Immigration Enforcement: Is Zero Illegal Immigration Possible?

Monday, October 26, 2015
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As the 2016 presidential campaign kicks into high gear, voters are hearing calls from many candidates to step up immigration enforcement and secure the border. Such calls are not new, and the suggested methods for doing so–border walls, employment verification, and even increased deportations–have been part of the debate over immigration for decades.  Most of these calls for action, however, are short on metrics. A secure border is usually demanded as a prerequisite of any discussion of what to do about the eleven million or so unauthorized immigrants currently living in the United States; but the meaning of a “secure border” goes undefined, and the question of whether the goal of enforcement is preventing all future illegal immigration goes unanswered.

The Bipartisan Policy Center recently published a report on enforcement metrics, noting that the government has never consistently published metrics on the success of its current enforcement efforts against unauthorized migration. The report suggests a specific set of metrics that would allow all sides in the immigration debate to be on the same page regarding the current state of border security and interior enforcement.

That report, however, does not call for a specific goal of zero illegal immigration. In fact, the report notes that there has never been anywhere a fully secure border. Even East Germany, at the height of the Cold War, with thirty-thousand soldiers, shoot-to-kill orders, and perpetual surveillance of the population by secret police, could only prevent 95 percent of the attempts to get to West Germany.  Although I do not have empirical evidence, I think one would be hard-pressed to find any border, enforcement, or regulatory system of any kind created by any government that has been 100 percent successful in preventing or deterring unlawful activity.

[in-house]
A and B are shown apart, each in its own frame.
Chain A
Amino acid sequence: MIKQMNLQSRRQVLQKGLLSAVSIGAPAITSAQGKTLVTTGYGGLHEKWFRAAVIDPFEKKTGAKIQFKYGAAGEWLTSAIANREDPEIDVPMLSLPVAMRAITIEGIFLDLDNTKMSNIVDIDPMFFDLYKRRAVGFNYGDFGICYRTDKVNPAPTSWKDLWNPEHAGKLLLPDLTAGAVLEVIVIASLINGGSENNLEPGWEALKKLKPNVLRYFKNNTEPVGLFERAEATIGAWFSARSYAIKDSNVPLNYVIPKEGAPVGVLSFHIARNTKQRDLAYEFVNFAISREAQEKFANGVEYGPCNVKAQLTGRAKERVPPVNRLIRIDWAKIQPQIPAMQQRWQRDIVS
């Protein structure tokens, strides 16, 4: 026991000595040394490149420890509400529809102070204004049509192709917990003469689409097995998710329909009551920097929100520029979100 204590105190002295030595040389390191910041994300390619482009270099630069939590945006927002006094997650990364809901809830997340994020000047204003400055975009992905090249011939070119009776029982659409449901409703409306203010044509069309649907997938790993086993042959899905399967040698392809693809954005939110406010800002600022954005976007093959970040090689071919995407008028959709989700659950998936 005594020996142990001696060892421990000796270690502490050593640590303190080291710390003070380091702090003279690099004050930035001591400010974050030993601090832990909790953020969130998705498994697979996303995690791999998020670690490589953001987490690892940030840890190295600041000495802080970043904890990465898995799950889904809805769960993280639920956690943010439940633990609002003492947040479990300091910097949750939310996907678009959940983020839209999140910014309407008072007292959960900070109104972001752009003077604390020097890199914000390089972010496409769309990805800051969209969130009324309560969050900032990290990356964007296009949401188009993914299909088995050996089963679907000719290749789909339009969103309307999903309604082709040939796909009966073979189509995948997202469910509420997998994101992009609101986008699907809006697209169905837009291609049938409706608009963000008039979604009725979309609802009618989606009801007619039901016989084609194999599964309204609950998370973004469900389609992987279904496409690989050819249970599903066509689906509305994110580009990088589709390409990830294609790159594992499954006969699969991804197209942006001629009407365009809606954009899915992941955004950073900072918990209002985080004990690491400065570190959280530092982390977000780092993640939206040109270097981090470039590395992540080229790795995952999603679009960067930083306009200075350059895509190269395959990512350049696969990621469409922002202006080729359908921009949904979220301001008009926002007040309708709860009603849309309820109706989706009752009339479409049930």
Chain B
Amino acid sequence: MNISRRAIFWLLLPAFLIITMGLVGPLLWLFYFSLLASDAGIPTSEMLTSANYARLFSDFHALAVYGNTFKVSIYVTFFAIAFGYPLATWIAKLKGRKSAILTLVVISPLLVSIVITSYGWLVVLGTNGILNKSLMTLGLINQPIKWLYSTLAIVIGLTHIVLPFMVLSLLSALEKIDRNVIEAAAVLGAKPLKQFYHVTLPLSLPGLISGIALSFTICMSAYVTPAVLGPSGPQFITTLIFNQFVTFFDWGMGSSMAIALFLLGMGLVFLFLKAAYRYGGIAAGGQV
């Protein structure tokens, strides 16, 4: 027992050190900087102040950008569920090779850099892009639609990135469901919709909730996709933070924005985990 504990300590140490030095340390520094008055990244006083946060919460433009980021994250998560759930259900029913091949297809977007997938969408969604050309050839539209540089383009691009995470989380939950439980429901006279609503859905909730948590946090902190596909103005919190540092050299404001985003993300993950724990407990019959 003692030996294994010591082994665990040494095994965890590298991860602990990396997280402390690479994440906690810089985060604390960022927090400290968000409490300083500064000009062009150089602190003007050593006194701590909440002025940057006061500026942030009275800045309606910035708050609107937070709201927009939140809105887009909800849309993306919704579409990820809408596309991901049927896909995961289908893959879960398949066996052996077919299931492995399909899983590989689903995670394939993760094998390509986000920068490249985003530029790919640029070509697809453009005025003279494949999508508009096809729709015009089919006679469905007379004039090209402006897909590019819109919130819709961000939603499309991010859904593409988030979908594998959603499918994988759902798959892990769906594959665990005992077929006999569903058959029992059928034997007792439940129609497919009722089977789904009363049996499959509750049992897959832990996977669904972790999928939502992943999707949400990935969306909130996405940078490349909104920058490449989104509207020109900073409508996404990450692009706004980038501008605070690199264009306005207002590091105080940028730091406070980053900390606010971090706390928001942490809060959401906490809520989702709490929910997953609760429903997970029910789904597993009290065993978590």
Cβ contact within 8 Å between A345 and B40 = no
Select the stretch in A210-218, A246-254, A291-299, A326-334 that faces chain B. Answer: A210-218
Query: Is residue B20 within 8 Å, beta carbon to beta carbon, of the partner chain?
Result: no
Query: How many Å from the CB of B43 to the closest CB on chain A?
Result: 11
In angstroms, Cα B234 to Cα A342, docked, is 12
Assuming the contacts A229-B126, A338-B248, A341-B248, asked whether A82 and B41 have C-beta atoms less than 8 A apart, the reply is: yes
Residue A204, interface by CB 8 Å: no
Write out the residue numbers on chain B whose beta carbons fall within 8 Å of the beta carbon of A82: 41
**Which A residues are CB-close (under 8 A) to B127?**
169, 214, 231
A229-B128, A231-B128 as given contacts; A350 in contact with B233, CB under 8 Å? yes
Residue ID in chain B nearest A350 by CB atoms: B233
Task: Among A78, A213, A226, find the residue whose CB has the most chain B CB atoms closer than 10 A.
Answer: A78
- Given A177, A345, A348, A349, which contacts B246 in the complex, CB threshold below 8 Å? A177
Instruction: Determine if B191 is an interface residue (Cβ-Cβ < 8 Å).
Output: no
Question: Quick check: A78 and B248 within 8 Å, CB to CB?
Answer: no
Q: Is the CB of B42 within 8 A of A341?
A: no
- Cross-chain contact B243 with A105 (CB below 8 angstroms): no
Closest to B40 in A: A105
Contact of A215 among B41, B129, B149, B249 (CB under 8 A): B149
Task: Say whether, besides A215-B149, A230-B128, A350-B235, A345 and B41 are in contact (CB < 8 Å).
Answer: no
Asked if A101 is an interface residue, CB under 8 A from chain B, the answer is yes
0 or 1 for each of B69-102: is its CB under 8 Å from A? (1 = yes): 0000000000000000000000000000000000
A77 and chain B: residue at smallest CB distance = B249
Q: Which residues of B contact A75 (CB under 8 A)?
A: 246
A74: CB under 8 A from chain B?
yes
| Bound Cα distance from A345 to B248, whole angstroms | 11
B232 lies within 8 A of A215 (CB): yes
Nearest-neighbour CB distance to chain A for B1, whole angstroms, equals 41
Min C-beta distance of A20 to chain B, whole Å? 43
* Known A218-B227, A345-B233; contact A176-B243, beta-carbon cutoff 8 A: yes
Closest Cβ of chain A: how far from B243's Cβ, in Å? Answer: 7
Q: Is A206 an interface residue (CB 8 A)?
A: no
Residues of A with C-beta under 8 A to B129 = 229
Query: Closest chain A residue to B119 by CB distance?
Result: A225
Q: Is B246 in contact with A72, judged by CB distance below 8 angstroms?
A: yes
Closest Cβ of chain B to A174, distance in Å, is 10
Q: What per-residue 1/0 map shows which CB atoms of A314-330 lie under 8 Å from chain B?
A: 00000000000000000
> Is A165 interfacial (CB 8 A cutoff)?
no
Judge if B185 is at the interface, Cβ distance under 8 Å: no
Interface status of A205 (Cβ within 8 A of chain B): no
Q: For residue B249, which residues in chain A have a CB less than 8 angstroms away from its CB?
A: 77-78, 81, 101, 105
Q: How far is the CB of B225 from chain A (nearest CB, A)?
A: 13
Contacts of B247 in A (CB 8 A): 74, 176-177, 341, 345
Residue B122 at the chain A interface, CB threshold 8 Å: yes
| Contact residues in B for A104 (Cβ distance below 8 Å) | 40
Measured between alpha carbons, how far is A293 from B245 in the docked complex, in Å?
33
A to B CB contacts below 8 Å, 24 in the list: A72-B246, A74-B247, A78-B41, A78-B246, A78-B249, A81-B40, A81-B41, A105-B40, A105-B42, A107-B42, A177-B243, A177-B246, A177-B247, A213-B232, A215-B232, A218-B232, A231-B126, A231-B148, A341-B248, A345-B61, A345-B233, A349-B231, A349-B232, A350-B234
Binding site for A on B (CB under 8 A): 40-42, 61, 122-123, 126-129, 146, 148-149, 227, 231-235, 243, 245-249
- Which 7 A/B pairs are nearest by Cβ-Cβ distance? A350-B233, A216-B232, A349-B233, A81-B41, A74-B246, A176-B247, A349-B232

So if getting to zero illegal immigration is unrealistic, what level of enforcement is realistic?

Basic economics would postulate that a certain “natural” level of immigration would be expected at a given level of enforcement activity. Enforcement agencies (and policy makers) would need to determine whether that level is acceptable and whether the marginal cost of attempting to reduce the level is worth it.  To make such judgments, however, one needs to know how much enforcement effect the current level of spending and resources has achieved. So we are back to metrics.

Assuming that we did have the metrics with which to make such decisions, and assuming that some unlawful migration will not be prevented, deterred, or detected by enforcement, how should the government determine where to focus its enforcement resources? This is the foundation for a discussion of “prosecutorial discretion,” meaning is any specific unlawful activity of sufficient severity to be worth the cost to the government to go after it? As a broad policy measure, this requires setting priorities on which are the most important activities to prevent or deter. In general, the government tends to place threats to life, property, and national security at the top of that list.

Also to be considered is enforcement that protects the integrity of the system, that is, enforcement aimed at having a deterrent effect on the overall level of unlawful activity. When it comes to immigration, however, determining what enforcement activities can successfully deter unauthorized migration is tricky.